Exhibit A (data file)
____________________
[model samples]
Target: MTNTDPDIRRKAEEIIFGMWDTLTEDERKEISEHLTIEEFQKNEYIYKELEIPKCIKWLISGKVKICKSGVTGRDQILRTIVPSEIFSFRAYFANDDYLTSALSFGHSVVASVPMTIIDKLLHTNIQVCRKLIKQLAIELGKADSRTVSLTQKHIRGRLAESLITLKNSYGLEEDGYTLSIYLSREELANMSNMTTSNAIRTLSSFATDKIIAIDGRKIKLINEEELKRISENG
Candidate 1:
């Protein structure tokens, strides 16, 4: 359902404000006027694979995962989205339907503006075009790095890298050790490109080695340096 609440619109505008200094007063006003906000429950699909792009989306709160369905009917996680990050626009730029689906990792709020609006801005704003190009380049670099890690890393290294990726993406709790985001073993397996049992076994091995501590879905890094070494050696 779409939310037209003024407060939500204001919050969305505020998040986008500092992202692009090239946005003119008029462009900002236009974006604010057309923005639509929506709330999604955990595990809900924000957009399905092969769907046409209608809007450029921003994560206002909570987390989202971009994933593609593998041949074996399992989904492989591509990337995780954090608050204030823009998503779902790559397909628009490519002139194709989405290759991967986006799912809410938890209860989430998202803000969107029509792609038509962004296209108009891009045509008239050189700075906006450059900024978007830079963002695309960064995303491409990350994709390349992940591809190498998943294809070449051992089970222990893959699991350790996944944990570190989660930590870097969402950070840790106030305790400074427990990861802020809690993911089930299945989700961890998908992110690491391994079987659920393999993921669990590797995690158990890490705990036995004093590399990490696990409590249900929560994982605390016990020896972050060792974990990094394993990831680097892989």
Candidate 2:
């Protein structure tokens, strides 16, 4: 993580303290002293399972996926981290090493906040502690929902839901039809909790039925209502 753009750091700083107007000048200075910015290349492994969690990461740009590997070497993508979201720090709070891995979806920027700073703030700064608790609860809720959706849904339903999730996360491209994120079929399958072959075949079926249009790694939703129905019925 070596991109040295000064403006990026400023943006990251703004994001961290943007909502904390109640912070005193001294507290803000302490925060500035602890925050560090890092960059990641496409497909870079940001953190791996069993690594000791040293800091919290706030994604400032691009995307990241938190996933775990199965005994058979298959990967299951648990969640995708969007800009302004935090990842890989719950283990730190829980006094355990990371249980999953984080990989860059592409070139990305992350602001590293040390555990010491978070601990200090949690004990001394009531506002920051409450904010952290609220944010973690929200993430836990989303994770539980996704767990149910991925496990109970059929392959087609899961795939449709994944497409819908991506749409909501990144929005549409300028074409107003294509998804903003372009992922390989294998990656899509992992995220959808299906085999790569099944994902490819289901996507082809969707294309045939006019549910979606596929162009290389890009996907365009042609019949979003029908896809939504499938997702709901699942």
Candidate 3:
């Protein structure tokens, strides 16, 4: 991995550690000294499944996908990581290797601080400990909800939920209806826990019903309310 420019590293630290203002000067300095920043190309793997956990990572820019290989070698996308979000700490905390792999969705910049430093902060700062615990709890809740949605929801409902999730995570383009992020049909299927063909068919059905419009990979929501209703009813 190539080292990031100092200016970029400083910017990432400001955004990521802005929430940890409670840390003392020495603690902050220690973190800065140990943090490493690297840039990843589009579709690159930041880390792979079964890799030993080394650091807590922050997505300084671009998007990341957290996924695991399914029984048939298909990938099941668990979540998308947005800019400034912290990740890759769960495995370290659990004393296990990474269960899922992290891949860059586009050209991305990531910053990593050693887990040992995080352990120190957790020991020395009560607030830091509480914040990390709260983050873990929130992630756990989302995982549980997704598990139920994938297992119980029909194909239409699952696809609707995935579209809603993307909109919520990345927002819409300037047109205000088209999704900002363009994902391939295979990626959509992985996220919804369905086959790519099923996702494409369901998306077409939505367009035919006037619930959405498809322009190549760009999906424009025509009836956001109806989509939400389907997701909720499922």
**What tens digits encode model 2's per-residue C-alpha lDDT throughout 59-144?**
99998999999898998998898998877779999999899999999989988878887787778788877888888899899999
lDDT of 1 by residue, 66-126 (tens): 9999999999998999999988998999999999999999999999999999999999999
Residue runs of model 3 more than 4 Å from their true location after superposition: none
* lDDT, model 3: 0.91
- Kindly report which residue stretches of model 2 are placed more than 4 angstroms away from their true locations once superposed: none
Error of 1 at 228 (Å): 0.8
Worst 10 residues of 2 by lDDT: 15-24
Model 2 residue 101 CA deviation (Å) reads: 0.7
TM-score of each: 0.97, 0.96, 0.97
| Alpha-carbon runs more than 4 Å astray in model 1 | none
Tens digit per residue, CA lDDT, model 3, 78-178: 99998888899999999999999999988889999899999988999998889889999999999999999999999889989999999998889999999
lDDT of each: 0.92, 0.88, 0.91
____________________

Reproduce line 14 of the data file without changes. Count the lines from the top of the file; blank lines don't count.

- Kindly report which residue stretches of model 2 are placed more than 4 angstroms away from their true locations once superposed: none